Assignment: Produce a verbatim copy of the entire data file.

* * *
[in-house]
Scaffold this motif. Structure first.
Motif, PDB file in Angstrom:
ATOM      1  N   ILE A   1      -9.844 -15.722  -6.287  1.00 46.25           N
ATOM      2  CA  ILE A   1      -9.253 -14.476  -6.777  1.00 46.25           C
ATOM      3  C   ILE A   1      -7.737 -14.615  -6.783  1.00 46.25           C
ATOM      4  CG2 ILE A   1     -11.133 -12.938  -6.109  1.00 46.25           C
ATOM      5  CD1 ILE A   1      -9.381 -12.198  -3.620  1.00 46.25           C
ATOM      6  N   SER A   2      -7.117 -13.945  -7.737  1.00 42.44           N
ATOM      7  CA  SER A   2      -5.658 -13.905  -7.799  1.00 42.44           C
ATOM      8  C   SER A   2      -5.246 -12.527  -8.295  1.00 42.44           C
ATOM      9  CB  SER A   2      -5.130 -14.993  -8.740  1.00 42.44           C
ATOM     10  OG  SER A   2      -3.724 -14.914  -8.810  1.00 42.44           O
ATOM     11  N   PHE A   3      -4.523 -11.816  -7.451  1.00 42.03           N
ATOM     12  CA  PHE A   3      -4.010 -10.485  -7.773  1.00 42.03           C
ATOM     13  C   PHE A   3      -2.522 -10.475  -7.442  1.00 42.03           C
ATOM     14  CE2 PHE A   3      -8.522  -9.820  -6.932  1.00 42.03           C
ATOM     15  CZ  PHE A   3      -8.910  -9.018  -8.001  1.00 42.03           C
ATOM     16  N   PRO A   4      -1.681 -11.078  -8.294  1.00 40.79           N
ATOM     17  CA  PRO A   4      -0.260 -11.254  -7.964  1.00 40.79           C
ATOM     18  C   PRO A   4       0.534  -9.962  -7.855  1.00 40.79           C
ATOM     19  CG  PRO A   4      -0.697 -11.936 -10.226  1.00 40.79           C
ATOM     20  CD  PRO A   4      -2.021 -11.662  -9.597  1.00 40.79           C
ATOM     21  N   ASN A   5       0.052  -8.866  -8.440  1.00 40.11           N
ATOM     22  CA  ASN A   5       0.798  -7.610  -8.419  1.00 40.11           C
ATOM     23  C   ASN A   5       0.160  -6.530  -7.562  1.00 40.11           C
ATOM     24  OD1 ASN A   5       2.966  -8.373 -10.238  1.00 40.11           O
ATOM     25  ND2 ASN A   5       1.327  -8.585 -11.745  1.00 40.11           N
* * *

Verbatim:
[in-house]
Scaffold this motif. Structure first.
Motif, PDB file in Angstrom:
ATOM      1  N   ILE A   1      -9.844 -15.722  -6.287  1.00 46.25           N
ATOM      2  CA  ILE A   1      -9.253 -14.476  -6.777  1.00 46.25           C
ATOM      3  C   ILE A   1      -7.737 -14.615  -6.783  1.00 46.25           C
ATOM      4  CG2 ILE A   1     -11.133 -12.938  -6.109  1.00 46.25           C
ATOM      5  CD1 ILE A   1      -9.381 -12.198  -3.620  1.00 46.25           C
ATOM      6  N   SER A   2      -7.117 -13.945  -7.737  1.00 42.44           N
ATOM      7  CA  SER A   2      -5.658 -13.905  -7.799  1.00 42.44           C
ATOM      8  C   SER A   2      -5.246 -12.527  -8.295  1.00 42.44           C
ATOM      9  CB  SER A   2      -5.130 -14.993  -8.740  1.00 42.44           C
ATOM     10  OG  SER A   2      -3.724 -14.914  -8.810  1.00 42.44           O
ATOM     11  N   PHE A   3      -4.523 -11.816  -7.451  1.00 42.03           N
ATOM     12  CA  PHE A   3      -4.010 -10.485  -7.773  1.00 42.03           C
ATOM     13  C   PHE A   3      -2.522 -10.475  -7.442  1.00 42.03           C
ATOM     14  CE2 PHE A   3      -8.522  -9.820  -6.932  1.00 42.03           C
ATOM     15  CZ  PHE A   3      -8.910  -9.018  -8.001  1.00 42.03           C
ATOM     16  N   PRO A   4      -1.681 -11.078  -8.294  1.00 40.79           N
ATOM     17  CA  PRO A   4      -0.260 -11.254  -7.964  1.00 40.79           C
ATOM     18  C   PRO A   4       0.534  -9.962  -7.855  1.00 40.79           C
ATOM     19  CG  PRO A   4      -0.697 -11.936 -10.226  1.00 40.79           C
ATOM     20  CD  PRO A   4      -2.021 -11.662  -9.597  1.00 40.79           C
ATOM     21  N   ASN A   5       0.052  -8.866  -8.440  1.00 40.11           N
ATOM     22  CA  ASN A   5       0.798  -7.610  -8.419  1.00 40.11           C
ATOM     23  C   ASN A   5       0.160  -6.530  -7.562  1.00 40.11           C
ATOM     24  OD1 ASN A   5       2.966  -8.373 -10.238  1.00 40.11           O
ATOM     25  ND2 ASN A   5       1.327  -8.585 -11.745  1.00 40.11           N